Recently Public Orthodoxy published an article entitled “Fundamentalism as ‘Orthodoxism’.” The content is extremely characteristic not only of Public Orthodoxy in particular, but also of a growing trend in wider Orthodox circles, especially those of an academic character (Public Orthodoxy is published under the auspices of Fordham University, a Catholic institution). Seeing that the exemplified attitudes and beliefs are steadily gaining influence among Orthodox believers, I thought it worthwhile to examine the article closely in order to evaluate its underpinnings, its implications, and its overall truthfulness and worth.
The article begins thus:
Our long-standing captivity to a sad caricature of Orthodoxy that could be called “orthodoxism,” and whose main characteristics will be summarized in what follows, has been largely consolidated by a widespread attitude in the Church known as “the fear of theology.”
One of the first things that jumps out is the familiar — almost obligatory, it would seem — assertion that the alleged fundamentalists are principally motivated by fear (I’ve responded to similar accusations before). In point of fact I think that this assertion is almost entirely untrue (if anything, those with a fundamentalist mindset demonstrate too great a preoccupation with “theology,” rather than a fear of it). But far more important is the fact that it is actually a red herring.
Of all the insights into the modern age given to us by C.S. Lewis, one of the most penetrating was his identification of the almost universal reliance upon the logical fallacy which he named “Bulverism.” Here is his summary of the phenomenon:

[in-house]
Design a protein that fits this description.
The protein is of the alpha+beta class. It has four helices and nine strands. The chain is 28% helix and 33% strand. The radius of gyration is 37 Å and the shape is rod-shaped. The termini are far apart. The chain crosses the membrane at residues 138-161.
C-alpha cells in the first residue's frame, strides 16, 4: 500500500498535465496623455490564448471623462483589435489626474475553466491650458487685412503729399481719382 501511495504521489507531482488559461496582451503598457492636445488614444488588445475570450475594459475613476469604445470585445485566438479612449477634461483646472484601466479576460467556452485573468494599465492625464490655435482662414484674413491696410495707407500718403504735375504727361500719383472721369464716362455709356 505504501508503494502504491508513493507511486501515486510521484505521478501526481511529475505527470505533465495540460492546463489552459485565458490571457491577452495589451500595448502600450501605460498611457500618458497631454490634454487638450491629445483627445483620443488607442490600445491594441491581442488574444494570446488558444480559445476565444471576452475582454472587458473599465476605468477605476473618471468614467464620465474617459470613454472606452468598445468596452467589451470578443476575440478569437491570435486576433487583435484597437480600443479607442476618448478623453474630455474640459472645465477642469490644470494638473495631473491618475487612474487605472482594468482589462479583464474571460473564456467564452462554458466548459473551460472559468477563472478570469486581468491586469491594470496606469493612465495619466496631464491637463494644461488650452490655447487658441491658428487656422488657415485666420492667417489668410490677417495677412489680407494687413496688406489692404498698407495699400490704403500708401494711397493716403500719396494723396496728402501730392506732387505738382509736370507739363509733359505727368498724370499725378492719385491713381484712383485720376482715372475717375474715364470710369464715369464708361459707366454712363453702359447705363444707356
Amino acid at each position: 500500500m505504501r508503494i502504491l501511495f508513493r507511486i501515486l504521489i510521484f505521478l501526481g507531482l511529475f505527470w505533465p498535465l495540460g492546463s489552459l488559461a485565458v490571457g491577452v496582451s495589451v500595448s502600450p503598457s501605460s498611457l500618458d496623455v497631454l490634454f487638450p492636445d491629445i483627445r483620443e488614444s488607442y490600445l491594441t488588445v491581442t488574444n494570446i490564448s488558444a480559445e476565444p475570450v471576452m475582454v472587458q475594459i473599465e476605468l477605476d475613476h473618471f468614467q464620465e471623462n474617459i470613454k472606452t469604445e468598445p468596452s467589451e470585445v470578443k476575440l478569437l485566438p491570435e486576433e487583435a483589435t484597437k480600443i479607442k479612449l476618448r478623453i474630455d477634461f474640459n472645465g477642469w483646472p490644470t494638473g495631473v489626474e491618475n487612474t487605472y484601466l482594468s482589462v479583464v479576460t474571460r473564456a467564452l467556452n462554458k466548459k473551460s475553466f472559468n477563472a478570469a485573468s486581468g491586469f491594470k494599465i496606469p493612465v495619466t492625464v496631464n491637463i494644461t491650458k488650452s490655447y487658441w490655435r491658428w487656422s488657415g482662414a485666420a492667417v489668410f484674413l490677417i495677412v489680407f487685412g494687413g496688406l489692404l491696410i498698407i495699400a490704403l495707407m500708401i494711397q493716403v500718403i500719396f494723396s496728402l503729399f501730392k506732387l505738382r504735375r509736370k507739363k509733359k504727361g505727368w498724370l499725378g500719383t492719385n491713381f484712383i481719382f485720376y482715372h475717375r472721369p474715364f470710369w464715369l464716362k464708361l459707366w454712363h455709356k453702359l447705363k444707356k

The modern method is to assume without discussion that [your opponent] is wrong and then distract his attention from this (the only real issue) by busily explaining how he became so silly. In the course of the last fifteen years I have found this vice so common that I have had to invent a name for it. I call it Bulverism. Some day I am going to write the biography of its imaginary inventor, Ezekiel Bulver, whose destiny was determined at the age of five when he heard his mother say to his father — who had been maintaining that two sides of a triangle were together greater than the third — ‘Oh you say that because you are a man.’ ‘At that moment’, E. Bulver assures us, ‘there flashed across my opening mind the great truth that refutation is no necessary part of argument. Assume that your opponent is wrong, and then explain his error, and the world will be at your feet. Attempt to prove that he is wrong or (worse still) try to find out whether he is wrong or right, and the national dynamism of our age will thrust you to the wall.’ That is how Bulver became one of the makers of the Twentieth Century.
As we have seen, the article at hand opens with the assertion that many Orthodox have been led into a state of “captivity to a sad caricature of Orthodoxy” because they were afraid of theology. This in and of itself does not yet constitute Bulverism, because there is the possibility that the author may attempt to actually prove that such a state of captivity really exists. But please bear this phenomenon of Bulverism in mind as we continue our analysis of the article.
Let us examine more closely the particular features of this “orthodoxism.” What is it made of? It is a fundamentalist travesty of Orthodoxy that shows a heightened aversion to thought, particularly of the critical kind.
It seems that these “Orthodox fundamentalists” are not only afraid of theology, but also dislike thinking. If I were one of these Orthodox fundamentalists, I would likely by this point find myself ill-disposed to give the author a fair hearing. But as I haven’t yet heard what it actually means to be an Orthodox fundamentalist, in terms of specifiable and concrete beliefs, and as I do not detect within myself a fear of theology nor an aversion to thought, I can thankfully proceed without taking umbrage.